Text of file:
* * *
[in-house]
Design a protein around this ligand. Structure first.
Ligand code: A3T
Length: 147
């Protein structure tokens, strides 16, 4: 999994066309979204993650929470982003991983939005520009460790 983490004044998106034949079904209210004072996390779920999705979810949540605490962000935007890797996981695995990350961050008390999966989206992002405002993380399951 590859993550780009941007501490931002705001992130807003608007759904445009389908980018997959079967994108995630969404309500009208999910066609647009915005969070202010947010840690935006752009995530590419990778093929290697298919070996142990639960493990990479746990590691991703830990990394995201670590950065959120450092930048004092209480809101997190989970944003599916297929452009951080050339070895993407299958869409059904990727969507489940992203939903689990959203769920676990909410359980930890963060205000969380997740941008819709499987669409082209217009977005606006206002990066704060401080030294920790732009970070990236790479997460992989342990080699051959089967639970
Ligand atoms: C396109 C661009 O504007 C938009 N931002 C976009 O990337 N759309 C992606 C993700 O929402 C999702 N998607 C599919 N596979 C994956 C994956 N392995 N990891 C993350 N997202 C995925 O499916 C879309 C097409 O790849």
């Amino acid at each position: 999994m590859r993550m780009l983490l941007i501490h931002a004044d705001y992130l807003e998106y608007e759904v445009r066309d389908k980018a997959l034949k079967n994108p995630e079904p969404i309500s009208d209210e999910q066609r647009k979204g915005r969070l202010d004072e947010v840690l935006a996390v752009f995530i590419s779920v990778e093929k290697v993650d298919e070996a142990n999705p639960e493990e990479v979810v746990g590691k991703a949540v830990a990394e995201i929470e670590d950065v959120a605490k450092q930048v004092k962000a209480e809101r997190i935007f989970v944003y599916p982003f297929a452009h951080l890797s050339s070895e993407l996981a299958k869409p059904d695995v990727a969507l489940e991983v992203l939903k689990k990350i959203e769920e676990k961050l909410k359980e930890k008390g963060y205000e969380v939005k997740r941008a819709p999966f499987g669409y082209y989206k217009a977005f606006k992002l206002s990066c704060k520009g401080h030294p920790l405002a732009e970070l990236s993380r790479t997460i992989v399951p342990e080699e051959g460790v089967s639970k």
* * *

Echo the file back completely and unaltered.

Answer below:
[in-house]
Design a protein around this ligand. Structure first.
Ligand code: A3T
Length: 147
């Protein structure tokens, strides 16, 4: 999994066309979204993650929470982003991983939005520009460790 983490004044998106034949079904209210004072996390779920999705979810949540605490962000935007890797996981695995990350961050008390999966989206992002405002993380399951 590859993550780009941007501490931002705001992130807003608007759904445009389908980018997959079967994108995630969404309500009208999910066609647009915005969070202010947010840690935006752009995530590419990778093929290697298919070996142990639960493990990479746990590691991703830990990394995201670590950065959120450092930048004092209480809101997190989970944003599916297929452009951080050339070895993407299958869409059904990727969507489940992203939903689990959203769920676990909410359980930890963060205000969380997740941008819709499987669409082209217009977005606006206002990066704060401080030294920790732009970070990236790479997460992989342990080699051959089967639970
Ligand atoms: C396109 C661009 O504007 C938009 N931002 C976009 O990337 N759309 C992606 C993700 O929402 C999702 N998607 C599919 N596979 C994956 C994956 N392995 N990891 C993350 N997202 C995925 O499916 C879309 C097409 O790849």
């Amino acid at each position: 999994m590859r993550m780009l983490l941007i501490h931002a004044d705001y992130l807003e998106y608007e759904v445009r066309d389908k980018a997959l034949k079967n994108p995630e079904p969404i309500s009208d209210e999910q066609r647009k979204g915005r969070l202010d004072e947010v840690l935006a996390v752009f995530i590419s779920v990778e093929k290697v993650d298919e070996a142990n999705p639960e493990e990479v979810v746990g590691k991703a949540v830990a990394e995201i929470e670590d950065v959120a605490k450092q930048v004092k962000a209480e809101r997190i935007f989970v944003y599916p982003f297929a452009h951080l890797s050339s070895e993407l996981a299958k869409p059904d695995v990727a969507l489940e991983v992203l939903k689990k990350i959203e769920e676990k961050l909410k359980e930890k008390g963060y205000e969380v939005k997740r941008a819709p999966f499987g669409y082209y989206k217009a977005f606006k992002l206002s990066c704060k520009g401080h030294p920790l405002a732009e970070l990236s993380r790479t997460i992989v399951p342990e080699e051959g460790v089967s639970k």